The FDA labeled the recall as a Class I, according to Boston Scientific. A Class 1 is the most serious type of recall issued by the federal watchdog, indicating “there is a reasonable probability that use of these products will cause serious adverse health consequences or death.”
Boston Scientific said it received 14 complaints over shaft separation issues, 4 of which involved separation of the distal shaft, all of which occurred during device preparation or use.
The company warned of possible embolism of device fragments during such a failure, which could lead to obstruction of blood flow and necessitate re-intervention to remove fragments, according to a press release.
Obstruction of blood flow could result in stroke, kidney damage or damage to the intestines or limbs. Boston Scientific said it has not received any reports of permanent injury or death due to the malfunction.
The Marlborough, Mass.-based company said all affected facilities were advised to discontinue use of the devices. The voluntary recall affects all UPNs of Chariot guiding sheaths.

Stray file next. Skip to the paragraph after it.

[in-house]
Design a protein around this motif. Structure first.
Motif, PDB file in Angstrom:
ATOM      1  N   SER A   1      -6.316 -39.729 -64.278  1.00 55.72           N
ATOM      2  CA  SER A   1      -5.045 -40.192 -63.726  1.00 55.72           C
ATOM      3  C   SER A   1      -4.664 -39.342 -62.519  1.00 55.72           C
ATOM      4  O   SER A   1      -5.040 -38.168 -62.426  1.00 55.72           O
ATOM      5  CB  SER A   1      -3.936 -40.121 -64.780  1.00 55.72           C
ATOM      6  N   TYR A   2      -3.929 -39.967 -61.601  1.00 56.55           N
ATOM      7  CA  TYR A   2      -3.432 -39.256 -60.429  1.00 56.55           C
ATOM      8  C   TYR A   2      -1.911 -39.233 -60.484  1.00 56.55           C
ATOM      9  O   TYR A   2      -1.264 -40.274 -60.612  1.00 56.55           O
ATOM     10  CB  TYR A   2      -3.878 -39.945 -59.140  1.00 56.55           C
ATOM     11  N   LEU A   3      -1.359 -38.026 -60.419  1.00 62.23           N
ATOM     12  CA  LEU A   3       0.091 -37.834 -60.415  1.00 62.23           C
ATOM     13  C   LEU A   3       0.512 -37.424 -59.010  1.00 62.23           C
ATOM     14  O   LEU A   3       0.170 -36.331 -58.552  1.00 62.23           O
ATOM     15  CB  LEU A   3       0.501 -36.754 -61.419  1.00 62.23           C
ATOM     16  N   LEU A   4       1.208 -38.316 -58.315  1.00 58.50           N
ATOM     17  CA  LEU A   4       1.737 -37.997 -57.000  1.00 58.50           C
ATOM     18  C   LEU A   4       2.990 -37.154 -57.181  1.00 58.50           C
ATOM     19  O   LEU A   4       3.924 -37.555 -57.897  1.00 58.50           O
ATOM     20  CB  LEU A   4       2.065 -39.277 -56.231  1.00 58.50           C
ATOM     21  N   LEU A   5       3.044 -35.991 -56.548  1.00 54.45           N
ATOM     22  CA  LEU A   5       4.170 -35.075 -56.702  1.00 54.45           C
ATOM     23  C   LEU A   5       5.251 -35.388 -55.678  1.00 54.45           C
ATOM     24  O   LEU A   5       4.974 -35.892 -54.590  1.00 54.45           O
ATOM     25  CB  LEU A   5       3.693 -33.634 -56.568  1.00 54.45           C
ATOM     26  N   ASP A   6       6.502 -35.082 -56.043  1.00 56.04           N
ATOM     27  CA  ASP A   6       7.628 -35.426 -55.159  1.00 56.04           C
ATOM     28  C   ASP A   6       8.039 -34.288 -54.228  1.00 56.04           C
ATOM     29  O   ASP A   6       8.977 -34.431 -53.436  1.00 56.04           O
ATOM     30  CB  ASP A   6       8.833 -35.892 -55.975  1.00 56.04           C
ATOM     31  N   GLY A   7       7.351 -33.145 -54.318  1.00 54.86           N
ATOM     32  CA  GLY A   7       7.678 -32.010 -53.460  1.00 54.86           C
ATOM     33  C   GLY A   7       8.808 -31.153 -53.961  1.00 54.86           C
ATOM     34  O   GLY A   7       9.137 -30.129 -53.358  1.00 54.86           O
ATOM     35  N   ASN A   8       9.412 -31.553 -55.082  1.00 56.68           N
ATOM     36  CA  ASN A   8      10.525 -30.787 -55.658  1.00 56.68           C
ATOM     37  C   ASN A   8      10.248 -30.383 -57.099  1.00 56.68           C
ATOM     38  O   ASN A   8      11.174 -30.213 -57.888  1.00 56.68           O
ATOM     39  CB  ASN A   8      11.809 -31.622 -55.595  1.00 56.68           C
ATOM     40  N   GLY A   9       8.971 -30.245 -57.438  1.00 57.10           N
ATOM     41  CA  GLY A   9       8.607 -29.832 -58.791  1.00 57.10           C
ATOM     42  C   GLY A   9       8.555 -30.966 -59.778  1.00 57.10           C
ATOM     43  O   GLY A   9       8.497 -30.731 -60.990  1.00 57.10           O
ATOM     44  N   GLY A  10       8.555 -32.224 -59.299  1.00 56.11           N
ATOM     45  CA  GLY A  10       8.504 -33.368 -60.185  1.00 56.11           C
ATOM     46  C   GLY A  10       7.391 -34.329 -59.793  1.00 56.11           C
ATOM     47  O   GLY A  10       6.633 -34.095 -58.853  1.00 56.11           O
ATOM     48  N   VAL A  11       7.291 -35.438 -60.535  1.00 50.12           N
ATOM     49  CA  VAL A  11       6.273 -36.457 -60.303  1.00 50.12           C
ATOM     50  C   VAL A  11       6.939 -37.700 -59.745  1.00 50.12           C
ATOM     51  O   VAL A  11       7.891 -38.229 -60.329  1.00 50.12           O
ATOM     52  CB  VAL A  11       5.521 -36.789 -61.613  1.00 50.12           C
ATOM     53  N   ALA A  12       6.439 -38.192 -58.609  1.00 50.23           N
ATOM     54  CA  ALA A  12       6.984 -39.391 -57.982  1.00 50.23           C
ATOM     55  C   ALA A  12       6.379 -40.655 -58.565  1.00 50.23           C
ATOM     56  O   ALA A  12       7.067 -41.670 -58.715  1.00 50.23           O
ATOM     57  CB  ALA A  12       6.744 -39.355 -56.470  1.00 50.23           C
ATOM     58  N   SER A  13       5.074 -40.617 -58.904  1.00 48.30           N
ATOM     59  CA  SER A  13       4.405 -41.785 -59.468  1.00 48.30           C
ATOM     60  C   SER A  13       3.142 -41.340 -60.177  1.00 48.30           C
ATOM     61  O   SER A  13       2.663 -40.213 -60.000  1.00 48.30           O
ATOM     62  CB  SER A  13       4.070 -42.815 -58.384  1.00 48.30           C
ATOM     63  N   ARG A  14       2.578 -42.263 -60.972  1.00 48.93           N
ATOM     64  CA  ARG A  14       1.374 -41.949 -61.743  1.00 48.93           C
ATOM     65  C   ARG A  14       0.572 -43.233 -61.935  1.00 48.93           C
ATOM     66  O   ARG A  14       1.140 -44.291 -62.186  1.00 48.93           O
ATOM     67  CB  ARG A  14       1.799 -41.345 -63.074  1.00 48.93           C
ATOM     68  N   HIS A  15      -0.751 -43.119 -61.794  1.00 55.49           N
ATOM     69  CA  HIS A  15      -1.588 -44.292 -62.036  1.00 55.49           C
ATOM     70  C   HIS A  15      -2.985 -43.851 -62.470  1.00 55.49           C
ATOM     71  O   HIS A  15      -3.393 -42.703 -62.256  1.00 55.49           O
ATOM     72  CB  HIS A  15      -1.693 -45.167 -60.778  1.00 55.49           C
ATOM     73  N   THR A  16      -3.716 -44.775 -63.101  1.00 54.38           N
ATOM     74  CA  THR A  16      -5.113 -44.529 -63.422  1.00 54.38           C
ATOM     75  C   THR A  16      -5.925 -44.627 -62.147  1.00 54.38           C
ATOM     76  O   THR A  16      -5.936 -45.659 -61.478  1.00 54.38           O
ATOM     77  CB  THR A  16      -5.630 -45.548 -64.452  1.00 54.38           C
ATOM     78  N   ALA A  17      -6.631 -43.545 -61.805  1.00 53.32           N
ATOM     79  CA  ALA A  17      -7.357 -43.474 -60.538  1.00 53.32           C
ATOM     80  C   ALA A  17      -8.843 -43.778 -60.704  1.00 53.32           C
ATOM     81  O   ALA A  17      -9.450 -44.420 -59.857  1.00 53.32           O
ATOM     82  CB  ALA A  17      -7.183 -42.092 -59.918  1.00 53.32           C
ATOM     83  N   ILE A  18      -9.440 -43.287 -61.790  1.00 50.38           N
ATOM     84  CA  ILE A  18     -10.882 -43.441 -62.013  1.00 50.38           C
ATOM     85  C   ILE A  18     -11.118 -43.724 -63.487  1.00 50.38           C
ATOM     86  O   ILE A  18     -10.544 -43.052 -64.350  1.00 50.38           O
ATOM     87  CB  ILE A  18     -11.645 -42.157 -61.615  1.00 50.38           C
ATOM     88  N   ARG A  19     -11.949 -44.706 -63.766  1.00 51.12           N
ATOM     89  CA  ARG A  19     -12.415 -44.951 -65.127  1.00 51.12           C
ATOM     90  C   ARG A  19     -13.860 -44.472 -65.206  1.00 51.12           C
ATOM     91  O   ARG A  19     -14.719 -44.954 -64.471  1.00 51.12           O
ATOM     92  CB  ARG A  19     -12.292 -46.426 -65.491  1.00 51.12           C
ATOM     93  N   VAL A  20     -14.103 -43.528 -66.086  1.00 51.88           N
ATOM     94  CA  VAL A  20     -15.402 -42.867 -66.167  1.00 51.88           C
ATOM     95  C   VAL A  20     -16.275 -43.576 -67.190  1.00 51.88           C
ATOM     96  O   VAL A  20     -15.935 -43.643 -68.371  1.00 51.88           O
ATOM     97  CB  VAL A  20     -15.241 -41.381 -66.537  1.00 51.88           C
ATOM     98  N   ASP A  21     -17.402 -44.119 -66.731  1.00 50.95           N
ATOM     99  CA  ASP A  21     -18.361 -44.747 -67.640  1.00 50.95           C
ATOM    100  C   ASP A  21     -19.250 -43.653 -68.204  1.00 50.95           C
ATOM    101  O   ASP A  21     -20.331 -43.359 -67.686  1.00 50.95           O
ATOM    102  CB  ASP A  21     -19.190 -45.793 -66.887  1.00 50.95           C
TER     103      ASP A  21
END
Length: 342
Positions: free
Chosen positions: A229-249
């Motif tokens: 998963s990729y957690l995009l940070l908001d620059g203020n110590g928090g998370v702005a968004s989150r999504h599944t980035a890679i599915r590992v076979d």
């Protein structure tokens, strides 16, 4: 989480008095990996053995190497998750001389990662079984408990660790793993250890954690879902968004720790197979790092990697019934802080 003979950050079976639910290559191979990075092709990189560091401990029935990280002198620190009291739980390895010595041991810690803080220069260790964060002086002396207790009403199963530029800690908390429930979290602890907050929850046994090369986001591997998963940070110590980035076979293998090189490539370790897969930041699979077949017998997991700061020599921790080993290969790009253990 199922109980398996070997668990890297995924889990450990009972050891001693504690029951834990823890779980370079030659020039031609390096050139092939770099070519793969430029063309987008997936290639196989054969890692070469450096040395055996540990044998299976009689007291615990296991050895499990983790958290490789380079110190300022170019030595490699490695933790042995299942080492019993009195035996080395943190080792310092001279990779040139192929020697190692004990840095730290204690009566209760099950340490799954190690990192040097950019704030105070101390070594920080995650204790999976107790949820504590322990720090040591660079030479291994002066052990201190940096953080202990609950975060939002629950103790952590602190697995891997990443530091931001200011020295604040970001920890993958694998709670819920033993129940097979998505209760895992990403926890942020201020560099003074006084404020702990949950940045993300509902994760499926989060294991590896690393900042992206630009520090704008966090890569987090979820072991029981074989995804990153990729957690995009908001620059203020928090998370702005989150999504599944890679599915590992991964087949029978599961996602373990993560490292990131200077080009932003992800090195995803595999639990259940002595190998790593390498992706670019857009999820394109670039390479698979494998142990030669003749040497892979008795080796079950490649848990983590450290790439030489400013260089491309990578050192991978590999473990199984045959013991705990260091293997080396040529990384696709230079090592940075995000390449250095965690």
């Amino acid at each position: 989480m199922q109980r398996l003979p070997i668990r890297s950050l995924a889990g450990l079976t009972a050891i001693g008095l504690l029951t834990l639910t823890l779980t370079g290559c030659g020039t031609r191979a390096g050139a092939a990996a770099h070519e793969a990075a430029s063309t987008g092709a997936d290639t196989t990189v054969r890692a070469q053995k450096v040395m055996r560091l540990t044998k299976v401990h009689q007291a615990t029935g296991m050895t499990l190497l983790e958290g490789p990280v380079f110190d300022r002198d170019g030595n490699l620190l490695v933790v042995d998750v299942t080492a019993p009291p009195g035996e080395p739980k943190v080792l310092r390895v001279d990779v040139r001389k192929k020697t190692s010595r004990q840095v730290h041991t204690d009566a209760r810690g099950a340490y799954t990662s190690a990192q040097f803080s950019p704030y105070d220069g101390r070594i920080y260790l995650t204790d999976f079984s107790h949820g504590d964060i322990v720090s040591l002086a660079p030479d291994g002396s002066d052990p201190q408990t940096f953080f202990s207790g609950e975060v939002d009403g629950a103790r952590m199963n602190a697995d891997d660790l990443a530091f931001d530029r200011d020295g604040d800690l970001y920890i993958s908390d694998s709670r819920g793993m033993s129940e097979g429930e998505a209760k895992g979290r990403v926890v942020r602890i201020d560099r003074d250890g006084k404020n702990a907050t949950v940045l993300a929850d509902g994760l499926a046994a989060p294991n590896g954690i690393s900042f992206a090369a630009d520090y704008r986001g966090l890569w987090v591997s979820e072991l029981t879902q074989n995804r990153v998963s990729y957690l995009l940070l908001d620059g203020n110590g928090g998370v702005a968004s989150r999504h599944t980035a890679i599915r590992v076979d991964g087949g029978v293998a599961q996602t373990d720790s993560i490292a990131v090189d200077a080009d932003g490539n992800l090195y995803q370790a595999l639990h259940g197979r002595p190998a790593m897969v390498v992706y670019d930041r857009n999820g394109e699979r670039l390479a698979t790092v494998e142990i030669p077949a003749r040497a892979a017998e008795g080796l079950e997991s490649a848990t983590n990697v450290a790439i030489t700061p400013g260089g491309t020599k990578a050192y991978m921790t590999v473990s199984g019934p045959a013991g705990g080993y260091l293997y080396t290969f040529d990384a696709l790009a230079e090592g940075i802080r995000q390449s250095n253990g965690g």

Boston Scientific encouraged physicians to contact patients who’ve undergone procedures with the devices to confirm their status in case of possible malfunctions.
Boston Scientific warned doctors of the potential problem in October, after receiving 3 reports that the catheter’s guidewire fractured during procedures to remove plaque from the coronary arteries. In 1 case, the patient died 4 days after the wire fractured and the device’s rotating burr, moving at 195,000 to 200,000 rpm, pierced the artery wall, according to the FDA’s adverse events database.